I will try to post more about recipes. I make way more than 20 new recipes a year- probably several times that! I just enjoy doing that, although rest assured my DH and DD get some familiar foods frequently. (Like that alliteration?) For me, it's going to include what might be called creative anachronism, or everything old is new again. My mother gave my cousins and me each a copy of the reprinted 1953 Better Homes and Gardens cookbook for Christmas. We have all been having fun trying out Best Two-Egg Cake, Club Chicken Casserole, and the like.

Traveling this week

My in-laws picked this weekend to come visit, which made sense since they both had today off. But, instead of driving, they came on the train. On Friday night, leaving from 30th ST. Station in Philadelphia.
The inaugural train was leaving from Philadelphia on Saturday morning, but the soon-to-be First Family was arriving near the station Friday evening. Security was paramount, naturally, and the trains were significantly delayed leaving. I don't know what they'll run into, going through Washington on the way back.
We've had a fairly good visit; we're going over to the Museum of the Confederacy in Richmond this morning before they need to get back on the train to head home.

Sunday, January 18, 2009

In the list of strange requests

The pastor called this morning to ask if he could borrow Bluebonnet's Duplos.

He built a little fortress for an illustration for the children's sermon.

You just never know, do you?

Wednesday, January 14, 2009

Can't Do Everything

This isn't a "how-do-you-do-it-all?" post. I'm thinking about all the causes, all the evils, that come into our view. There are hundreds of things that need attention. There are vile, wrong, laws to fight (CPSIA, FOCA, and the like); there are attitudes that need to be changed, there are good things to support. It seems that every time I'm on the computer (and for a while, at the mailbox) there's some other cause to consider. So many good goals, and no one can work for all of them.
Right now I'm mainly concerned with fighting the CPSIA, because it's so urgent and could be so devastating. I don't know where to go from there.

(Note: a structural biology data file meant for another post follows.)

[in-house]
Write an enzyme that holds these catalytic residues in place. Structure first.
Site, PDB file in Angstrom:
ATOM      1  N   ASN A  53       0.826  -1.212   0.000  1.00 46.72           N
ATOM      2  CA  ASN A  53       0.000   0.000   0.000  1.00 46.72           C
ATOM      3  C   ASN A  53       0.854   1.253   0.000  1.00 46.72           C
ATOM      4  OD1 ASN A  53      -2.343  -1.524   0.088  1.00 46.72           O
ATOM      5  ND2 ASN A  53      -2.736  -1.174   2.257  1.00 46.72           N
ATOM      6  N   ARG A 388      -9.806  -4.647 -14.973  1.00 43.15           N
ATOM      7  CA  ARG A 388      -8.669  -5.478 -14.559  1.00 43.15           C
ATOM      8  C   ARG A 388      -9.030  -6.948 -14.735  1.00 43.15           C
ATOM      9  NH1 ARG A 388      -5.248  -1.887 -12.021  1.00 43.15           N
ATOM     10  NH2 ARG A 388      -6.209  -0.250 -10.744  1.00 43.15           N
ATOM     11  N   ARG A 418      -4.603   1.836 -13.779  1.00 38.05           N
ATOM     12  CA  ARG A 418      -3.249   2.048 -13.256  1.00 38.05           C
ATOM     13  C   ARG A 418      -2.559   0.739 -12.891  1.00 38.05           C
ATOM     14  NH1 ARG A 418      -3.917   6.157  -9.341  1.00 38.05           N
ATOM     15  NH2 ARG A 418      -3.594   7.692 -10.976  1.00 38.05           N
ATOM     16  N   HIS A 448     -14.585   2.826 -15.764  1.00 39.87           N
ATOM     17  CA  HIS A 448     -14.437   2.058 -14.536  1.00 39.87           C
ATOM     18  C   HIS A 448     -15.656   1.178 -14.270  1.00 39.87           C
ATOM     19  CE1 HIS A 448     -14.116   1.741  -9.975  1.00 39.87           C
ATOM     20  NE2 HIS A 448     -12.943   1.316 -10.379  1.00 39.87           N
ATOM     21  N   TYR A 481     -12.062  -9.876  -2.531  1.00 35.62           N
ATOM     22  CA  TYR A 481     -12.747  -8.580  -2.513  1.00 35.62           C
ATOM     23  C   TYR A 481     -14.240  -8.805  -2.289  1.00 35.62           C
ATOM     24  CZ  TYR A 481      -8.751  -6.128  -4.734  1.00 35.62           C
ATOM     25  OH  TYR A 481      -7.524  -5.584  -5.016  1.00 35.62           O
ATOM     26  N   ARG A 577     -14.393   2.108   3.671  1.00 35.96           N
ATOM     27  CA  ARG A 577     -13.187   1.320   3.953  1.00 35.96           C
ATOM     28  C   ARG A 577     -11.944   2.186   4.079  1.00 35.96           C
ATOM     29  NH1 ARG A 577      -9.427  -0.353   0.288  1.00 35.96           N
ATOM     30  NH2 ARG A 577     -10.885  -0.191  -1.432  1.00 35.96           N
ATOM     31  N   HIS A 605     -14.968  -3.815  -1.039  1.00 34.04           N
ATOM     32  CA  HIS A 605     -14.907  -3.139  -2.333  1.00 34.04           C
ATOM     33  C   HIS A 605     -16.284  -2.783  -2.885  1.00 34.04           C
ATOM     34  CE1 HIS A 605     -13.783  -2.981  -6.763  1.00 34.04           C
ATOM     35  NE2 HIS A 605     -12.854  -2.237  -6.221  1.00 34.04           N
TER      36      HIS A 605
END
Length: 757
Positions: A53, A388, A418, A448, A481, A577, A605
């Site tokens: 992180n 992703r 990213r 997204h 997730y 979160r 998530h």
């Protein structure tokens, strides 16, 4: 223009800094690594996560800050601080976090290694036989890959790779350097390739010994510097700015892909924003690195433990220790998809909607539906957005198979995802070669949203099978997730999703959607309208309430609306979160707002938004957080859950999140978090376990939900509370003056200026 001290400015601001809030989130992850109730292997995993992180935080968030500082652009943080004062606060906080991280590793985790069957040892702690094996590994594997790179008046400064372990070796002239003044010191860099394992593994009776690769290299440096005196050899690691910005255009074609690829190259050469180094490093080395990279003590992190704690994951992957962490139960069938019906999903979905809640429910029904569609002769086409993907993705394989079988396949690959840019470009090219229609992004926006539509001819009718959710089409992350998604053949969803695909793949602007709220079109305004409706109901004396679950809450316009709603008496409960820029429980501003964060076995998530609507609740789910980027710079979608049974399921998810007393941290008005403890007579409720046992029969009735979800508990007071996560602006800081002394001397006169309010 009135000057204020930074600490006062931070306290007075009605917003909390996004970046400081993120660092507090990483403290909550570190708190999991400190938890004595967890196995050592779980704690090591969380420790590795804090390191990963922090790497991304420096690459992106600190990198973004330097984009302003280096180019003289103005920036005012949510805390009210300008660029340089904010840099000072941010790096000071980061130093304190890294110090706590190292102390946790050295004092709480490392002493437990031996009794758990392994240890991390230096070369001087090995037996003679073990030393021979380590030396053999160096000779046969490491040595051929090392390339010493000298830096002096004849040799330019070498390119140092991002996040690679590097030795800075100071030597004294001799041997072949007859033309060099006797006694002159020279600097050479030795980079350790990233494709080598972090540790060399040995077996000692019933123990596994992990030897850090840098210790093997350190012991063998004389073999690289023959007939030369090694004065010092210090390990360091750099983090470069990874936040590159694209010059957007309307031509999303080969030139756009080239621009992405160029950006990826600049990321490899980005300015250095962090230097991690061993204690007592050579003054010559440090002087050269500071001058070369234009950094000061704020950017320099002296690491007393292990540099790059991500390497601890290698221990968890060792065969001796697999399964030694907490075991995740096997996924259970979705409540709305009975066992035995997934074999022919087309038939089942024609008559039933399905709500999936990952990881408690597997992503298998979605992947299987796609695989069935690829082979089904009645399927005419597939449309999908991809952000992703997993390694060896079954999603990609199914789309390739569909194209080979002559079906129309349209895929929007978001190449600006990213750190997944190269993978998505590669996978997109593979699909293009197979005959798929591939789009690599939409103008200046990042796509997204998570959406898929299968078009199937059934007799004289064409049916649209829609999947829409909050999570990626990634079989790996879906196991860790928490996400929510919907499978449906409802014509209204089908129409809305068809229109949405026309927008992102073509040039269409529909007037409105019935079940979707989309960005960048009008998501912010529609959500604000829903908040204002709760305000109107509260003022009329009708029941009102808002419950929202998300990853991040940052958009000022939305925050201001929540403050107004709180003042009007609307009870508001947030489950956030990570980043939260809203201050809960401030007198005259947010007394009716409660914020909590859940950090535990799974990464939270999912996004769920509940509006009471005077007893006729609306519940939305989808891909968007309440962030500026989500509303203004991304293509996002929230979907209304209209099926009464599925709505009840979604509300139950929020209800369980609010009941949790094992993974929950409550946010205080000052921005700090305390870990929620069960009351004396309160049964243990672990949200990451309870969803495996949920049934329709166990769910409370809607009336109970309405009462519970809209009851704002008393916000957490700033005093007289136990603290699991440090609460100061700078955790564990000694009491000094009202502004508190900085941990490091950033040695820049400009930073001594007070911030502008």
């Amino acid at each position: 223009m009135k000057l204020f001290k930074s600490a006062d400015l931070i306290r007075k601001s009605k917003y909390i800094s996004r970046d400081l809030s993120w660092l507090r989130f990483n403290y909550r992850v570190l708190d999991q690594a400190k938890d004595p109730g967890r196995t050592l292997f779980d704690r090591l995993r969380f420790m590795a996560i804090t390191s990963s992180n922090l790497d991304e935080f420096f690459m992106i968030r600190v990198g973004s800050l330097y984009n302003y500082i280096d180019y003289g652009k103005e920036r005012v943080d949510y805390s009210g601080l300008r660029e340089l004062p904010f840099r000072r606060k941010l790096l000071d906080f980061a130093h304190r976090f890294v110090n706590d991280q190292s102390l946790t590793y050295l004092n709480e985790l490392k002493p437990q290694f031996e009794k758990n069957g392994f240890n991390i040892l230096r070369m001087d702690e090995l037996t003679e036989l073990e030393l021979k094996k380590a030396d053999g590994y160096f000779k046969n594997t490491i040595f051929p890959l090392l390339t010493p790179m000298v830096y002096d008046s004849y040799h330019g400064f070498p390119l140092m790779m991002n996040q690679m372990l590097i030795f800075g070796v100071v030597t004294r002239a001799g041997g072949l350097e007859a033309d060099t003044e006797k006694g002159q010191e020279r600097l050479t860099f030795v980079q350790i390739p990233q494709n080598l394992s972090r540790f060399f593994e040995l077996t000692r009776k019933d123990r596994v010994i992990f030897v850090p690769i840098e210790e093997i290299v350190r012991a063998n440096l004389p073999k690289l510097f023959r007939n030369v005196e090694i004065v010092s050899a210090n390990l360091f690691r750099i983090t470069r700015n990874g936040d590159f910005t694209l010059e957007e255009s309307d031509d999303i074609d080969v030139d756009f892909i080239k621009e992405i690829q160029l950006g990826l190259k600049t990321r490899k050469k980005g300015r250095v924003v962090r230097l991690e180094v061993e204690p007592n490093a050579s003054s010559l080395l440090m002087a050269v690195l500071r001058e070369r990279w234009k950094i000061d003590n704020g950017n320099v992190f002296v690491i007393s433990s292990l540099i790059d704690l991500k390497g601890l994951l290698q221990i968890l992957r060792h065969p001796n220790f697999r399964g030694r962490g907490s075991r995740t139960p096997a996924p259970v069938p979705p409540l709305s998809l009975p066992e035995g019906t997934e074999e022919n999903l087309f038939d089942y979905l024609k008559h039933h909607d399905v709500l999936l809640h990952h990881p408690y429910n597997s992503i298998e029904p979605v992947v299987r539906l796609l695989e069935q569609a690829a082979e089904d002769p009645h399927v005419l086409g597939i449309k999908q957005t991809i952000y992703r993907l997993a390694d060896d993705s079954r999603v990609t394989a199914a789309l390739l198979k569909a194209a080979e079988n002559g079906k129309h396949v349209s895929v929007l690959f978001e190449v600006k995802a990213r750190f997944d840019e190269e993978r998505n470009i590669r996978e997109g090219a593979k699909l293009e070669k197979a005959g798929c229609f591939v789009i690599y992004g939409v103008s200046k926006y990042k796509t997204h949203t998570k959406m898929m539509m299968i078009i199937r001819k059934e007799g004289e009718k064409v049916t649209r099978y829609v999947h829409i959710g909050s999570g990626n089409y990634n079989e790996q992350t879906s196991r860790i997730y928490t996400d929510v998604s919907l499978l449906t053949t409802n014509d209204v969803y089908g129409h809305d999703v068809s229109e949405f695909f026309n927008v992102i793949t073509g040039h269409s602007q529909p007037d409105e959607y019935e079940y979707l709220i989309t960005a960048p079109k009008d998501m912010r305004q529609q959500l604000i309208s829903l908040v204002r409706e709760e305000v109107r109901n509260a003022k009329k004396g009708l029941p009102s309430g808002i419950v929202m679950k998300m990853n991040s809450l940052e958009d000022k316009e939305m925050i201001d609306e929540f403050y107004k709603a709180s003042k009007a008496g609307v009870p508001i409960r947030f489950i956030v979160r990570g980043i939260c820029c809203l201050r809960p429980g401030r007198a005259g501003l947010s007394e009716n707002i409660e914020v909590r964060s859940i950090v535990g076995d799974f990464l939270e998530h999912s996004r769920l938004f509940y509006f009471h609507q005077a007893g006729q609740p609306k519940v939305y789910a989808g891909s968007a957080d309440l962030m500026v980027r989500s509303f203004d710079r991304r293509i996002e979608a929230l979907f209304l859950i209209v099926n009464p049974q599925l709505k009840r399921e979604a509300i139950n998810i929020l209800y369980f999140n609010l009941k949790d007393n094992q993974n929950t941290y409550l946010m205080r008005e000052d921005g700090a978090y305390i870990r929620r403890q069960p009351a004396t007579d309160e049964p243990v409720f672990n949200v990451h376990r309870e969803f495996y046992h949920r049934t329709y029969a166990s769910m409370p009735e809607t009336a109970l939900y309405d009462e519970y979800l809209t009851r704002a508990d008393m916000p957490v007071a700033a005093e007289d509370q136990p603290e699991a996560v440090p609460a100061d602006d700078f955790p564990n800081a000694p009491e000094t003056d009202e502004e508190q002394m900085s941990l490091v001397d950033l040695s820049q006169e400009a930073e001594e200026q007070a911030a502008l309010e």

With our charitable donations, my Knight and I have largely devoted ourselves to Compassion and to Csehy Summer School of Music (www.csehy.com). That's a post in itself!
What are your pet causes and charities?

Friday, January 9, 2009

The Epples' Memory

Lawrence was a devoted member of the Rotary Club, and both Nancy and Lawrence loved their gardens. Fittingly, the Woodbury Rotarians are going to dedicate a portion of a garden as an Epples' Memorial Children's Garden.

If only they could have balloons there too!

Tuesday, January 6, 2009

Anne of the Island- spoiler alert in case you haven't read them!

When my cousins and I got into one of our book discussions about a year ago, we got on to the Anne books. My uncle, overhearing us, commented that he's always rather infuriated with Anne for the length of time it takes her to decide to marry Gilbert. I laughed at the time, nodded and thought my uncle was right.
I'm re-reading my falling-apart copy of Anne of the Island right now, and am even more convinced that he was correct. For the first time in my memory I have found myself crying over one of the Anne books. Gilbert is so incredibly patient, and loves Anne so thoroughly, that my heart breaks for him even though I know what will happen in the end. I think Anne's "relationship" with Royal Gardner is extremely ridiculous- the sort of thing that she would have imagined for herself, and indeed did imagine for herself. In light of Philippa falling in love with someone so utterly unlike anyone she thought she'd marry, it's painful to see Anne insisting that she must have only her ideal herself. How utterly blind she is!